ever become poor by giving.” - Anne Frank.
Diwali heralds a burst of activity in every Indian household. In the center of
these tumultuous days of preparing for the festival, stands the lady of the
every year, new clothes have to be bought for the children (I am now an expert
in internet fashion!), an unending supply of goodies to cook (it’s a sleight of
hand!), and not to mention giving the house a thorough spring cleaning (and I’m
not a spring chicken!). It was more tiring than the toughest of my teaching
days. And if that’s not all, the lady of the house has to look special!!!
was unusual. Surrounded by whoops and glees of my children, I suddenly realized
how everyone deserved to smile on this day. Tired as I felt, I couldn’t help
remembering that Diwali is a celebration of the victor, Good, over its
adversary, Evil. Surely, that’s a reason for everyone to smile!
two maids who help out with the domestic chores. I gave them a saree and some
cash each. I gave more cash to the fellow who cleans our car, and then I gave
some to the garbage collector, and a few others, who I felt were less
fortunate. I felt satisfied knowing that the money is more than welcome.
refrained from bargaining while shopping for Diwali with small-time roadside
vendors selling lamps, candles and flowers. I could see that they could do a
bit for their families with the extra cash and that was a source of great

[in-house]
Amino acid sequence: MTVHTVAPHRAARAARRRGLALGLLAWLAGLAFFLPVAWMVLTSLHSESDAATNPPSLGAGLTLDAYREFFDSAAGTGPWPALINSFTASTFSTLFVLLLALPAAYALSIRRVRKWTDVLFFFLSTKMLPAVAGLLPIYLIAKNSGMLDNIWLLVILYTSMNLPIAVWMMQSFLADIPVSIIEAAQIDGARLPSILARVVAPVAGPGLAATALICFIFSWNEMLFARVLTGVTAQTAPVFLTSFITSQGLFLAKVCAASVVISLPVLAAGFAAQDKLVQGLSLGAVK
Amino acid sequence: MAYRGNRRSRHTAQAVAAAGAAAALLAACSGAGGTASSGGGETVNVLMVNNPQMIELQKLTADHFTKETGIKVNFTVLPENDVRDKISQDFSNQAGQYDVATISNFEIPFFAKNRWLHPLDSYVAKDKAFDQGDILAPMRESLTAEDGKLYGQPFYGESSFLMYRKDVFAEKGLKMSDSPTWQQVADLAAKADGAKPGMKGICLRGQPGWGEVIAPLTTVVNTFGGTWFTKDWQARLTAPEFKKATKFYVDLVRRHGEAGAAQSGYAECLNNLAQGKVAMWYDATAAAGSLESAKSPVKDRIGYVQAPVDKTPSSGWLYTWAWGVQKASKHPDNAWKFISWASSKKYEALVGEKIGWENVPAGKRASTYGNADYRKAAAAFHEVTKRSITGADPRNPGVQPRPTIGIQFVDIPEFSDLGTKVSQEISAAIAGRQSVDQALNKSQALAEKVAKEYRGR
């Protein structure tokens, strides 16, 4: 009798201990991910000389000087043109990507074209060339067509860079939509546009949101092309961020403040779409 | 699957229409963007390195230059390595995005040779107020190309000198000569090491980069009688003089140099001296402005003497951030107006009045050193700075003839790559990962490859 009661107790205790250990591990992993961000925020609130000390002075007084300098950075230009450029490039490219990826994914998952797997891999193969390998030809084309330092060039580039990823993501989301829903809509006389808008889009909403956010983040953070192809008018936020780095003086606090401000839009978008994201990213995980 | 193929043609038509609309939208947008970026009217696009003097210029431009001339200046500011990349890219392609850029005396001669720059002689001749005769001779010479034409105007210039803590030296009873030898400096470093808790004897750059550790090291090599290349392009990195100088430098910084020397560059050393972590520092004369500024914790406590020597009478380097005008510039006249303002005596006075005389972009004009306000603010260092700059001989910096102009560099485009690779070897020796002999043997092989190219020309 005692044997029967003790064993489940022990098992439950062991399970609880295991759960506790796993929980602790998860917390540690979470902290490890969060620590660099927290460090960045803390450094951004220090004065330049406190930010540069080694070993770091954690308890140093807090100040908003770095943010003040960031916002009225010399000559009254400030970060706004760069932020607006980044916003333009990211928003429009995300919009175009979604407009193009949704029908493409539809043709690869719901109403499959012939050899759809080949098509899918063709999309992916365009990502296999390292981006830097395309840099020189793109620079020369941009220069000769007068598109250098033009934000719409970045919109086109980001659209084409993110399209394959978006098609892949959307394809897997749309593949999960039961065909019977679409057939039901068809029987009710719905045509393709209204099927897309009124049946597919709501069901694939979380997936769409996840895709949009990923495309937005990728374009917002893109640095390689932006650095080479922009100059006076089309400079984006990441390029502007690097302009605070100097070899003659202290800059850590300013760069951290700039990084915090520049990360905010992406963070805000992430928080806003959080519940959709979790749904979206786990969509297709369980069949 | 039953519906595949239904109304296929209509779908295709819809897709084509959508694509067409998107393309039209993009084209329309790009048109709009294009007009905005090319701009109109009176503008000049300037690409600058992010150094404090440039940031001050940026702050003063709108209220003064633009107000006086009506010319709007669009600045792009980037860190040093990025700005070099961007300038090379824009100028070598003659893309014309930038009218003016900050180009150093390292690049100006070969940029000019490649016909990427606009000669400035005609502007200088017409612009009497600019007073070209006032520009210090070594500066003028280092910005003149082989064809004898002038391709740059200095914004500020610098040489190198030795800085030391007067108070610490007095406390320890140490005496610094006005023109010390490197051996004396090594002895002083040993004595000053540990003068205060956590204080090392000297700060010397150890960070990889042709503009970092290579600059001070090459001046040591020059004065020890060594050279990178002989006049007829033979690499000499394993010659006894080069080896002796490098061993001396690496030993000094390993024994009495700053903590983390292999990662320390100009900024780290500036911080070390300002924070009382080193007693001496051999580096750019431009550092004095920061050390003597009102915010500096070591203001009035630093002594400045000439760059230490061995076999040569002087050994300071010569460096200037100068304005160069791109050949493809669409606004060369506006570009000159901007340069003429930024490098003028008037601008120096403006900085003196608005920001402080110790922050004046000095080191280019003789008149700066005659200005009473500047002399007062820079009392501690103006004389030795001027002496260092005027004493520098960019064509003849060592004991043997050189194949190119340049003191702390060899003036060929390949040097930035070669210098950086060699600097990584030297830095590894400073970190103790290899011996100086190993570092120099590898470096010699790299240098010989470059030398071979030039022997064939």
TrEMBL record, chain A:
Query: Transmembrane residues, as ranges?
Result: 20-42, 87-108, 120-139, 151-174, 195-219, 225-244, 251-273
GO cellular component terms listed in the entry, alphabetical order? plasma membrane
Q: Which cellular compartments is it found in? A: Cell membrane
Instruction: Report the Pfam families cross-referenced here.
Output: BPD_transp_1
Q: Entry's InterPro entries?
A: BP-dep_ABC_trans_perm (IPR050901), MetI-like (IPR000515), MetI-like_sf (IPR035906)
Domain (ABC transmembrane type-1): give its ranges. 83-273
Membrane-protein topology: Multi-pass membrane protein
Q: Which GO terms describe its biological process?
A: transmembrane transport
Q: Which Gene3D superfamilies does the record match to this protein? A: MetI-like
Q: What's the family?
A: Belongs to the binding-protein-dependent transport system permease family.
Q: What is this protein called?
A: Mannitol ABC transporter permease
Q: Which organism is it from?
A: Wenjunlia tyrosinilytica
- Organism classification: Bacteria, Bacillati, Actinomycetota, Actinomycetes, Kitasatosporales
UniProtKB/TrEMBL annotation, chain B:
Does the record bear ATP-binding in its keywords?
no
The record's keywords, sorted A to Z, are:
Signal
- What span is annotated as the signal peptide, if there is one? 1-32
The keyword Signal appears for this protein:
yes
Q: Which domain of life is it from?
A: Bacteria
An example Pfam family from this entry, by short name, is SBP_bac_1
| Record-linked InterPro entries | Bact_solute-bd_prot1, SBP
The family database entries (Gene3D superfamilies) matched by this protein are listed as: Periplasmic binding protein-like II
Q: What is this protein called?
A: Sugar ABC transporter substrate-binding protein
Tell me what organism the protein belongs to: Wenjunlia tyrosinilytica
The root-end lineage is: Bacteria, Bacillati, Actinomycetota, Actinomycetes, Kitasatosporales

elation for me.
I could see
the smiles on the faces of their children, and that proved to be exhilarating! My initial
drive to see a smile on everyone on Diwali created this deep realization that
giving is a wonderful thing to do! Much better than receiving!
instance, I now understand why Bill Gates with his majestic billions, not only
invests so much time and energy in third-world countries, but also his
billions. He is helping millions of poor people lead a better life rather than
spending it in luxurious, hedonistic living.
someone’s life for the better, to be the agent of that change, to put a smile
on a face, are blessings, I felt.
teacher, it hit me right in the middle. All this while, unknowingly, I had
unconditionally given and shared with my students. It dawned on me that I’m
very fortunate to receive their genuine love, respect and admiration. I came to
the conclusion that the very act of giving is a sacred lesson every institution
should epitomize to its students.
Look at the
difference a noble act of giving can make. Helping someone with money can
create instant relief. Hundreds of youngsters gave their time and energy for
the Teach India Movement. The soldiers of our country take it one step further
by putting their lives on the line for the love of the country and its people.
and more I thought about it, I am convinced that every child should understand
the act of giving and sharing from an early age. Not only parents, but also schools
must create an atmosphere of giving and sharing.
I am of the
firm belief, that teach a child a good habit and the child will keep that habit
for a lifetime.
I know! I